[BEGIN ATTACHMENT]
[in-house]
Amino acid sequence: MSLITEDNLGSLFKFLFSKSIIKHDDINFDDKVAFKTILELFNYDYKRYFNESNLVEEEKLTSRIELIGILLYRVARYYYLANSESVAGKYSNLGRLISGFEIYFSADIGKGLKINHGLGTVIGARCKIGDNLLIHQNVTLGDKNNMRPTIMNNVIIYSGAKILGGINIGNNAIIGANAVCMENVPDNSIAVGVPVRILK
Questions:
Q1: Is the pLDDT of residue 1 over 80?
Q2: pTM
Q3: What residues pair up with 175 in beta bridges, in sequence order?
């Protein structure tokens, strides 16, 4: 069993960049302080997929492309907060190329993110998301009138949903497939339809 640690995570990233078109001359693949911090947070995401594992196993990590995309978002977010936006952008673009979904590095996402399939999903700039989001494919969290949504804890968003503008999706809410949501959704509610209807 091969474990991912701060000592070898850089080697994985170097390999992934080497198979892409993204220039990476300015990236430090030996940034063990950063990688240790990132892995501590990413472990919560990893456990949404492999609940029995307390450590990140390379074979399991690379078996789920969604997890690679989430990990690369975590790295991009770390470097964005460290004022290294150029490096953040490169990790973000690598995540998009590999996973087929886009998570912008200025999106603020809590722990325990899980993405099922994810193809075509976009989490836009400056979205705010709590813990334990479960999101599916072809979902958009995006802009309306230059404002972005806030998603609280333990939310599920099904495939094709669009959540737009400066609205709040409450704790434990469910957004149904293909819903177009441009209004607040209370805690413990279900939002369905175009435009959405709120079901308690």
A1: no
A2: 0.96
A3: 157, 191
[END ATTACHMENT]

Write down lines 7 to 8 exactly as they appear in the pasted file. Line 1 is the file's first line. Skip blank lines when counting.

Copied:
């Protein structure tokens, strides 16, 4: 069993960049302080997929492309907060190329993110998301009138949903497939339809 640690995570990233078109001359693949911090947070995401594992196993990590995309978002977010936006952008673009979904590095996402399939999903700039989001494919969290949504804890968003503008999706809410949501959704509610209807 091969474990991912701060000592070898850089080697994985170097390999992934080497198979892409993204220039990476300015990236430090030996940034063990950063990688240790990132892995501590990413472990919560990893456990949404492999609940029995307390450590990140390379074979399991690379078996789920969604997890690679989430990990690369975590790295991009770390470097964005460290004022290294150029490096953040490169990790973000690598995540998009590999996973087929886009998570912008200025999106603020809590722990325990899980993405099922994810193809075509976009989490836009400056979205705010709590813990334990479960999101599916072809979902958009995006802009309306230059404002972005806030998603609280333990939310599920099904495939094709669009959540737009400066609205709040409450704790434990469910957004149904293909819903177009441009209004607040209370805690413990279900939002369905175009435009959405709120079901308690």
A1: no